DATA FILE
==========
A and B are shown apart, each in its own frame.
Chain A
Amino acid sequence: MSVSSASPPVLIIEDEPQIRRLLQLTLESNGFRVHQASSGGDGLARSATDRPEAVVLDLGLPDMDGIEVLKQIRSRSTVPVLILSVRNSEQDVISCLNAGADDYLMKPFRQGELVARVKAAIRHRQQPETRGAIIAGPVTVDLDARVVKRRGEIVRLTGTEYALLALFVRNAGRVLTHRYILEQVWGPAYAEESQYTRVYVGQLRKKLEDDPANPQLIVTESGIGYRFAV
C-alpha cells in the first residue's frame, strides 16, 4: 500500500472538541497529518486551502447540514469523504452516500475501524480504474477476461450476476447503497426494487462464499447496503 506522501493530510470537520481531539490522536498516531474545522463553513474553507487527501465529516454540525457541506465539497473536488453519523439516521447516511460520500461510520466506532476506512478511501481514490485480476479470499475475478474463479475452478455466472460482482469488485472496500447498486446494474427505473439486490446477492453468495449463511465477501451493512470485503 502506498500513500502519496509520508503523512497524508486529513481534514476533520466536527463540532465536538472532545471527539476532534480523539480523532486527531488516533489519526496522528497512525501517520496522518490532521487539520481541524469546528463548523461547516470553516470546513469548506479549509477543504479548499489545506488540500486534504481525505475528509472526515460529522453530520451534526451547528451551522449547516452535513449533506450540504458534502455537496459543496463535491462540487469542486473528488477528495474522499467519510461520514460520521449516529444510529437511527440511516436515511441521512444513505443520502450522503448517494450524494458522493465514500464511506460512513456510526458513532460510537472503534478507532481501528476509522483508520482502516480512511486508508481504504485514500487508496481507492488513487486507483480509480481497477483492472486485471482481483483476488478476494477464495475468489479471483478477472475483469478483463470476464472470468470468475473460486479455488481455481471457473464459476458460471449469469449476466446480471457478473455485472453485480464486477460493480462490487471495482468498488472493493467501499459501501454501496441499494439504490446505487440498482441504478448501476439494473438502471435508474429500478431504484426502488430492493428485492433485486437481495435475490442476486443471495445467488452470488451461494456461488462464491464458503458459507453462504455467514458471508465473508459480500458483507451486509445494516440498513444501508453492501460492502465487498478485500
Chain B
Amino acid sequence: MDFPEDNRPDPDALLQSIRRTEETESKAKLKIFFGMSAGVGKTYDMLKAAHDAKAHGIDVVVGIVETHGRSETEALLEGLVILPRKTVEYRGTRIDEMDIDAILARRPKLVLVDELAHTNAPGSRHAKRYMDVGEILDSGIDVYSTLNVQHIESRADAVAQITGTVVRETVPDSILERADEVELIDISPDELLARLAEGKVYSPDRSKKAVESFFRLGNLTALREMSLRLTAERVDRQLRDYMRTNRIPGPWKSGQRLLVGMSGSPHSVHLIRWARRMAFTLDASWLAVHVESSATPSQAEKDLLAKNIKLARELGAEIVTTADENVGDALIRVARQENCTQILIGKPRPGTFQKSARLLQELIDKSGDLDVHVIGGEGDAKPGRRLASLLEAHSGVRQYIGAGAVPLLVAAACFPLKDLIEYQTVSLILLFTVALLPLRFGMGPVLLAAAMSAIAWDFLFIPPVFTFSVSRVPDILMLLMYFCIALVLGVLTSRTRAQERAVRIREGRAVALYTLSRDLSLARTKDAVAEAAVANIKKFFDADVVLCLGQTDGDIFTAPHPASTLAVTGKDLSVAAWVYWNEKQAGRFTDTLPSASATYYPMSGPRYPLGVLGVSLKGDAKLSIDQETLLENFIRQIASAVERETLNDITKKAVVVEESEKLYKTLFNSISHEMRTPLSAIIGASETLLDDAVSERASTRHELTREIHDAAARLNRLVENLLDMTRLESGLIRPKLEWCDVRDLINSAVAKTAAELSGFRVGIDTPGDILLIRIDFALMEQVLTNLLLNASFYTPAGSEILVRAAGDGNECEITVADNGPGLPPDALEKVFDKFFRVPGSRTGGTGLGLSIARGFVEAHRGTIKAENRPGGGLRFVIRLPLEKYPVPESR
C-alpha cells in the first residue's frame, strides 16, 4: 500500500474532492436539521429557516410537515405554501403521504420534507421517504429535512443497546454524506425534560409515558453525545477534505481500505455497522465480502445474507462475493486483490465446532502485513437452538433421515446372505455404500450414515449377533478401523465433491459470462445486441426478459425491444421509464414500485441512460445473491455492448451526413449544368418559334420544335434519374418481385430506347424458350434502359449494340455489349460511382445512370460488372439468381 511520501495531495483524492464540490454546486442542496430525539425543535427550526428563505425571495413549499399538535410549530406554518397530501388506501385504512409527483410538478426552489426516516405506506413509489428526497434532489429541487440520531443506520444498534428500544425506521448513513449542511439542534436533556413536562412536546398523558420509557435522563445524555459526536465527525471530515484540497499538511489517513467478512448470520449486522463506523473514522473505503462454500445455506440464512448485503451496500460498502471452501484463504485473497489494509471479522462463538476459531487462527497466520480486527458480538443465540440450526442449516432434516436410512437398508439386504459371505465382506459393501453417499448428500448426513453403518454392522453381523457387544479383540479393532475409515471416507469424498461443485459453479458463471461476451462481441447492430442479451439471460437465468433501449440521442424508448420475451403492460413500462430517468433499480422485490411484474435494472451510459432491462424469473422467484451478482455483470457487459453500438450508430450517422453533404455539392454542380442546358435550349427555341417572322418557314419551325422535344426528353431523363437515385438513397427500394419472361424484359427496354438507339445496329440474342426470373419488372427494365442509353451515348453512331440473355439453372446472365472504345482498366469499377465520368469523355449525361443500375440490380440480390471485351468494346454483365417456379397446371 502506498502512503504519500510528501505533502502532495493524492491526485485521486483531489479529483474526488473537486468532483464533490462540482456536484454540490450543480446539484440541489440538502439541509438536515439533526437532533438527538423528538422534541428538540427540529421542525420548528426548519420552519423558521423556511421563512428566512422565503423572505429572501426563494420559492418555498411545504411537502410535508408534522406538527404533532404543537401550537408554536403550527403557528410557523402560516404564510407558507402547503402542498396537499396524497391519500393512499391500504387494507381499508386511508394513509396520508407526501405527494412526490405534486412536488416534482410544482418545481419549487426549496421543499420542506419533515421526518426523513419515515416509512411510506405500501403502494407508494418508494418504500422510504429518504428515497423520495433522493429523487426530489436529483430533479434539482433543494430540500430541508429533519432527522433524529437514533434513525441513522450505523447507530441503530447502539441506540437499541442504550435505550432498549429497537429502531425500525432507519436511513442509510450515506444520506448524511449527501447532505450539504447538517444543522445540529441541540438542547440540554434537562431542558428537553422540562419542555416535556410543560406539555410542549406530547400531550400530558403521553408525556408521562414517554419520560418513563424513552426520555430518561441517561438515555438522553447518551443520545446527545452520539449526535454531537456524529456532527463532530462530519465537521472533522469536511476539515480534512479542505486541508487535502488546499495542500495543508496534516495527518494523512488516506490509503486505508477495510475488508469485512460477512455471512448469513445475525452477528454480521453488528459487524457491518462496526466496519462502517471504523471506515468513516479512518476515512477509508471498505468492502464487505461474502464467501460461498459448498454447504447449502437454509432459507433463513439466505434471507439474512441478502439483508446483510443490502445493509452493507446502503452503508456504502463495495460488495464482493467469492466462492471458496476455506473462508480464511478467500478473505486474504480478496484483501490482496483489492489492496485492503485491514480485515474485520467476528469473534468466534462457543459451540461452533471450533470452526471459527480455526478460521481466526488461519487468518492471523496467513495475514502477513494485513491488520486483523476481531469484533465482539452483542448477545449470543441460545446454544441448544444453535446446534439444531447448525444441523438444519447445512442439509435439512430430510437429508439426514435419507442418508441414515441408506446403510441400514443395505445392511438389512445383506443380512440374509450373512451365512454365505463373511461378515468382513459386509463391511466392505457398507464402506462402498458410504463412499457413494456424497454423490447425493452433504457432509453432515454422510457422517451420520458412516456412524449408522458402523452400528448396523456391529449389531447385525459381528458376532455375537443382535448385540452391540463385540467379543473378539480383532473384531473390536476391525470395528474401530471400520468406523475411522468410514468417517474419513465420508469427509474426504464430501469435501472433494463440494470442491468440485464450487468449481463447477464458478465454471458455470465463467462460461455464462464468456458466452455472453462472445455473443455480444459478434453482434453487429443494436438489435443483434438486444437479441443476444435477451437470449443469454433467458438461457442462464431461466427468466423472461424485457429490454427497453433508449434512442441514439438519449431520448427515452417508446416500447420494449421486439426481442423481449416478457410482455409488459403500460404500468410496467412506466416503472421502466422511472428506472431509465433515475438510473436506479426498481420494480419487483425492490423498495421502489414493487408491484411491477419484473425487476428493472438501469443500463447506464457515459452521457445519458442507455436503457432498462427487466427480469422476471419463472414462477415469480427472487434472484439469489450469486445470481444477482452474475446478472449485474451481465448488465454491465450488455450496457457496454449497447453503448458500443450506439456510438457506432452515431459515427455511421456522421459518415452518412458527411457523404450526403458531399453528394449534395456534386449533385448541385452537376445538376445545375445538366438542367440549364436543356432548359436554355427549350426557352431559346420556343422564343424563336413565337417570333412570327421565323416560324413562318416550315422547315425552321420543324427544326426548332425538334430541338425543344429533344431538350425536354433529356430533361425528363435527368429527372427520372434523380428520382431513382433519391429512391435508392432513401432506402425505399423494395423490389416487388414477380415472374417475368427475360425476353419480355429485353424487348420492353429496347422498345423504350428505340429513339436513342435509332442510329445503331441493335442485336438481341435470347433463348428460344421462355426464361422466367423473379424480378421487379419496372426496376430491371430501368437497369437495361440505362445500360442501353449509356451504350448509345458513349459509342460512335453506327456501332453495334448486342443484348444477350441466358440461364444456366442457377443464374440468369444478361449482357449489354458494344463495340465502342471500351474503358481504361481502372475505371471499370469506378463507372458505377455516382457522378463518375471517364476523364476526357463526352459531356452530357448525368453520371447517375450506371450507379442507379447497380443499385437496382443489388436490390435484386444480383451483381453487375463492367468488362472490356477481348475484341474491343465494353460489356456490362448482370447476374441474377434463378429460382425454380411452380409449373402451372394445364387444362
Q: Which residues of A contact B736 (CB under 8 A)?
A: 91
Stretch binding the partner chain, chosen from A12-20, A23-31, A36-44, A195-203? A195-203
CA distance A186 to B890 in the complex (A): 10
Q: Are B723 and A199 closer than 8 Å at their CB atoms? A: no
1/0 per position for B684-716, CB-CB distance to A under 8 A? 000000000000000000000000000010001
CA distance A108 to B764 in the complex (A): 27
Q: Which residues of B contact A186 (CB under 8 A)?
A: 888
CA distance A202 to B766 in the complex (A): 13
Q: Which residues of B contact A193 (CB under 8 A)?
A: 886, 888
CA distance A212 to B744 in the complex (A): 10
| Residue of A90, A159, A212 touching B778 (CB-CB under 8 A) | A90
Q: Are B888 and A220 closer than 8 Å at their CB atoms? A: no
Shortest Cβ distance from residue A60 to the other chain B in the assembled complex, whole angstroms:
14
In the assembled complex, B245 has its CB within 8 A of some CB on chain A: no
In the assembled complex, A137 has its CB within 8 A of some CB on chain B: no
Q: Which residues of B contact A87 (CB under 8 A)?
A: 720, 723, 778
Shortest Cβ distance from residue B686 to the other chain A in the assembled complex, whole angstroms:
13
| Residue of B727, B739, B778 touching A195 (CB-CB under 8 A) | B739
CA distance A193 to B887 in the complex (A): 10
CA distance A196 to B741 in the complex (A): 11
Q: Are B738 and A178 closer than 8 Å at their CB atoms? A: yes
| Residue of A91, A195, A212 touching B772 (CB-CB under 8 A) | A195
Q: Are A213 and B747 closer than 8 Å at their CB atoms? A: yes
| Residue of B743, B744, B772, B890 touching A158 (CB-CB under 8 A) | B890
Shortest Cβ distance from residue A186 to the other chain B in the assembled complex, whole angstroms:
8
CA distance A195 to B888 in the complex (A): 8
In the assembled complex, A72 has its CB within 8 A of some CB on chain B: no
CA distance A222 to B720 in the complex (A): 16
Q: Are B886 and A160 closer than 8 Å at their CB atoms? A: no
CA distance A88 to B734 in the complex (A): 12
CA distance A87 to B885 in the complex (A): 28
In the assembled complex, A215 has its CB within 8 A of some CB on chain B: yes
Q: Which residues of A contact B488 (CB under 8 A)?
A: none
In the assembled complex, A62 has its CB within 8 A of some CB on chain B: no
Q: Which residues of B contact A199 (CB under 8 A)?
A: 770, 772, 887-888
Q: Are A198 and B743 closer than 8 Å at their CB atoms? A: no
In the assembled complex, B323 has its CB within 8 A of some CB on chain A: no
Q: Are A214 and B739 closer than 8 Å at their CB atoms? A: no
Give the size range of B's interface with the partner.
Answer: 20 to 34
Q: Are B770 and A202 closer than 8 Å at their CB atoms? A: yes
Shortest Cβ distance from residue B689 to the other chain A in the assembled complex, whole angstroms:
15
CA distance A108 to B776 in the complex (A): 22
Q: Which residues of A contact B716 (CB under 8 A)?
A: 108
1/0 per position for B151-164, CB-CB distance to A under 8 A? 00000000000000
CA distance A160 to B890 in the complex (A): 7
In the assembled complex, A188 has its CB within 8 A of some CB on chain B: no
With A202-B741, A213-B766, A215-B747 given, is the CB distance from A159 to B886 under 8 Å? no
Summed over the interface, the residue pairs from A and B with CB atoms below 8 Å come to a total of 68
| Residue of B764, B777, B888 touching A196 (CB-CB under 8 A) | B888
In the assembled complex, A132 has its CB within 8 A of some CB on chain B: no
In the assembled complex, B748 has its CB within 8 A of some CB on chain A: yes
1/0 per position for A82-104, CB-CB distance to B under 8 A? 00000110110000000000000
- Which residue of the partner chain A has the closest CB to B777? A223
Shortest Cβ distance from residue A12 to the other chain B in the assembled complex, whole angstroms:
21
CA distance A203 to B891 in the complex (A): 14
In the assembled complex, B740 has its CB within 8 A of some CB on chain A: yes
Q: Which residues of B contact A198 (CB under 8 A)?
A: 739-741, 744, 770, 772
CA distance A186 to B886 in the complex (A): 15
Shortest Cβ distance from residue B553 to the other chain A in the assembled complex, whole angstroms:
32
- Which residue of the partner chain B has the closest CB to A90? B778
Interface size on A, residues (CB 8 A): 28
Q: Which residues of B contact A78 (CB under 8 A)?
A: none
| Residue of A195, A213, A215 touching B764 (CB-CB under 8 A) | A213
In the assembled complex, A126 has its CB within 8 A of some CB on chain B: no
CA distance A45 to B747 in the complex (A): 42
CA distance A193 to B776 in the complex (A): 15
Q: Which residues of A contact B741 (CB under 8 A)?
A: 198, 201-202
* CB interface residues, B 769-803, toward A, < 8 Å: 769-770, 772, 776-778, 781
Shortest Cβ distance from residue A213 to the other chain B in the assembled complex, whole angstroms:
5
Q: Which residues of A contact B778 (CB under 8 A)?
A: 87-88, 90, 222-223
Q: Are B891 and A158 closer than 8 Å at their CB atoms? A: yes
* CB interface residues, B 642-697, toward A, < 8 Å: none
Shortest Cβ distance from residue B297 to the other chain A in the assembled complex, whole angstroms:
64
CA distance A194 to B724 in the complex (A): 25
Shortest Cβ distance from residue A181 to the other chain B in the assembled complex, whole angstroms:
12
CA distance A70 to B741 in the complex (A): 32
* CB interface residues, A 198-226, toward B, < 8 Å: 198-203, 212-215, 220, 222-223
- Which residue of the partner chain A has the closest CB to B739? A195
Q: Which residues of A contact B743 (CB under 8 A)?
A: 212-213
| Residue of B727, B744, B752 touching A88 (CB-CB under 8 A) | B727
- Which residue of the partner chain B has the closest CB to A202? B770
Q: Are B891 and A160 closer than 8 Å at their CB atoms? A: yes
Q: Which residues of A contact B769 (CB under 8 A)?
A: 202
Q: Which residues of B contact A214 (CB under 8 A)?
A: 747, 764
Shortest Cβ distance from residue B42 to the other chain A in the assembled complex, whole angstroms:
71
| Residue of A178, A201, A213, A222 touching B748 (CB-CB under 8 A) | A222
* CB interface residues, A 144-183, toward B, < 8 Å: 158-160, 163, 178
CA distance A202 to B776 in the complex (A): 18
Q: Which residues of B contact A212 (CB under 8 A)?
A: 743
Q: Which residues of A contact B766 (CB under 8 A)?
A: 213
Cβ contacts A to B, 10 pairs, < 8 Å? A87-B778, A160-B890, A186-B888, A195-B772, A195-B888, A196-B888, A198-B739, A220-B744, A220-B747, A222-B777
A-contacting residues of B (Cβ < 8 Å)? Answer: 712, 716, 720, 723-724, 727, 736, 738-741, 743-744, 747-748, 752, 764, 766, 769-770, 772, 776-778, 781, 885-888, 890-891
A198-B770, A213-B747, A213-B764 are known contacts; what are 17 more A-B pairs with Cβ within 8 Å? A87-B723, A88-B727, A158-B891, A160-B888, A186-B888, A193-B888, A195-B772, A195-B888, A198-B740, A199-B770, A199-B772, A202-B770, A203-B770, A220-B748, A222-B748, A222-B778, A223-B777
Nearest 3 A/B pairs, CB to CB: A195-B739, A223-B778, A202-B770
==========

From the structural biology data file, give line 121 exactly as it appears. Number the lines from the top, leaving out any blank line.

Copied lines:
Q: Which residues of B contact A212 (CB under 8 A)?